Also in attendance were Brett and Marybeth Lefevre and their 17-year-old son, Ryan, who served as Strasburg's host family when he played in a wooden-bat summer league in Connecticut after his freshman year of college in 2007, and with whom he has remained close.

Once the game started, the majority of Strasburg's entourage watched from a luxury suite, but different friends and family members, two by two, took turns occupying two pairs of seats down front, in Section 120, where the reactions were more visceral, the atmosphere even more charged.

As the innings wore on, and Strasburg began to gain strength and dominance -- he struck out the last seven batters he faced, and 14 batters overall -- the raw emotion began to sweep over everyone. There were tears shed in those box seats and in that luxury suite.

"We were just in awe -- jaw-dropping awe," said Marybeth Lefevre. "It was just magical, to look around at all of these people, people of every stripe, screaming and yelling for Stephen, and all the 'Strasburg' shirts, and the electricity. Upstairs, Gwynn was grinning ear to ear. He was like a proud father. Each person saw the same thing, but they all took something different from it because we were all from different parts of Stephen's life."

The glow was felt beyond Nationals Park, by people around the country watching rapt on television.

In Milwaukee that night, Bud Selig, baseball's commissioner, watched rapt as Strasburg mowed down the Pittsburgh Pirates. "I've seen a lot of great pitchers," said Selig, 75, in a telephone interview. "But there was something about this kid that was really aberrational. I mean, it was really unique. Here you have this 21-year-old kid, 10 months from signing. You had this huge buildup. And he just completely delivered. It was just remarkable. I've been watching baseball since the early- to mid-'40s, and I can't think of a good analogy to this. That's how good this was and how remarkable this was.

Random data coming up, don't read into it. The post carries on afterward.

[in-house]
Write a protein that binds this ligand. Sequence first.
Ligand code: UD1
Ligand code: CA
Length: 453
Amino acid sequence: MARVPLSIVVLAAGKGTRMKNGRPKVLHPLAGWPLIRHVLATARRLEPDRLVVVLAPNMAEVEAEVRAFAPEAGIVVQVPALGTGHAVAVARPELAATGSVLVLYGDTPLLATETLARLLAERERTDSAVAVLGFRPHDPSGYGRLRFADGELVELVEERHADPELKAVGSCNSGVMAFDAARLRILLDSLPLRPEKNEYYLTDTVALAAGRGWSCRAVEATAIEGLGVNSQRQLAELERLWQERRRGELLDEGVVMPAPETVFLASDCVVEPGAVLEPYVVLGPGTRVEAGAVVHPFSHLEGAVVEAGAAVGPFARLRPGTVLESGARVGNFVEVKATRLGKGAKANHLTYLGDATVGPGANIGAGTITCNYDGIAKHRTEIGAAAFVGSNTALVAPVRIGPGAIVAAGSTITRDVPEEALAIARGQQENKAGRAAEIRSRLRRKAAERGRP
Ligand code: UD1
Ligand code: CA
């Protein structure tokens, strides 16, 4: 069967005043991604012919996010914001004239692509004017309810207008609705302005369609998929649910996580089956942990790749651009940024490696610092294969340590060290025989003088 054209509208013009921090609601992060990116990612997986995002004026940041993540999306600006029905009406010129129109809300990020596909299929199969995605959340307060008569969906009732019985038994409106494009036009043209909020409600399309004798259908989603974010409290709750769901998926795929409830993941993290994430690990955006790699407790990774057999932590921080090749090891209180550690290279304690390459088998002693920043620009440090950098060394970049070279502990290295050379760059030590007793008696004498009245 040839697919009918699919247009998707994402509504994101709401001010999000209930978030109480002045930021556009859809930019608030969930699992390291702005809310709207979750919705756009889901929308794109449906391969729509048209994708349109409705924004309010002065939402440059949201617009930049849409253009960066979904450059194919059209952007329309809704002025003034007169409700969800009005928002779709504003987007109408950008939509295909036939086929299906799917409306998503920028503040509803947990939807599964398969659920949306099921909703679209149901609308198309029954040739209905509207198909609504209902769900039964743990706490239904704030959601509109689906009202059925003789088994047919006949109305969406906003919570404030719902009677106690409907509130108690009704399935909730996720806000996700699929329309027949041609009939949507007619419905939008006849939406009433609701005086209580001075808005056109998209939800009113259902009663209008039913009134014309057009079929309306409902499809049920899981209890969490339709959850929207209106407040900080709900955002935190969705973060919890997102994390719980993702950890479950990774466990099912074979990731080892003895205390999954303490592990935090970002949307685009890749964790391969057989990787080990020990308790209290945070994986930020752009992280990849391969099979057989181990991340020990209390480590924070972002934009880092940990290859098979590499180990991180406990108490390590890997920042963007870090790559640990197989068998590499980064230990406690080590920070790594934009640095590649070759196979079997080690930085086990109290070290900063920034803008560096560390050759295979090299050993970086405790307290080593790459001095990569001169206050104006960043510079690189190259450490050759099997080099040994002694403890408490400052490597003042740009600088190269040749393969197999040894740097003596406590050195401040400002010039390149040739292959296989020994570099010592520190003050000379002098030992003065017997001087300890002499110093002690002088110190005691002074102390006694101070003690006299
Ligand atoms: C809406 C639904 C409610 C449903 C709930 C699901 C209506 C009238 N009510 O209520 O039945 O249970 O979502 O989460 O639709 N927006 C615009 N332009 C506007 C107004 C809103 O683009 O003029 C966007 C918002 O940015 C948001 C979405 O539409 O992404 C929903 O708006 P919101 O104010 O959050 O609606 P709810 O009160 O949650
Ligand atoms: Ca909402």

"It was big. I thought to myself, 'Baseball is really back in Washington.' "

Long after the game was over, about 10 of Strasburg's friends and family members gathered in one downtown hotel suite, reliving the magic well into the wee hours of the next morning.

Stephen and Rachel, though, did not, choosing instead to return to the apartment they had only begun occupying some 48 hours earlier. It was after midnight. Bentley needed to be walked. Stephen was exhausted, and his eyes were still red and stinging (and would be again the next morning) from the three shaving-cream pies he took in the face, courtesy of his teammates, during an on-field postgame interview.

And besides, had they gone to that hotel room, someone, though well-meaning, would have undoubtedly started talking about how great Stephen Strasburg is. And that's something he wouldn't have wanted to hear.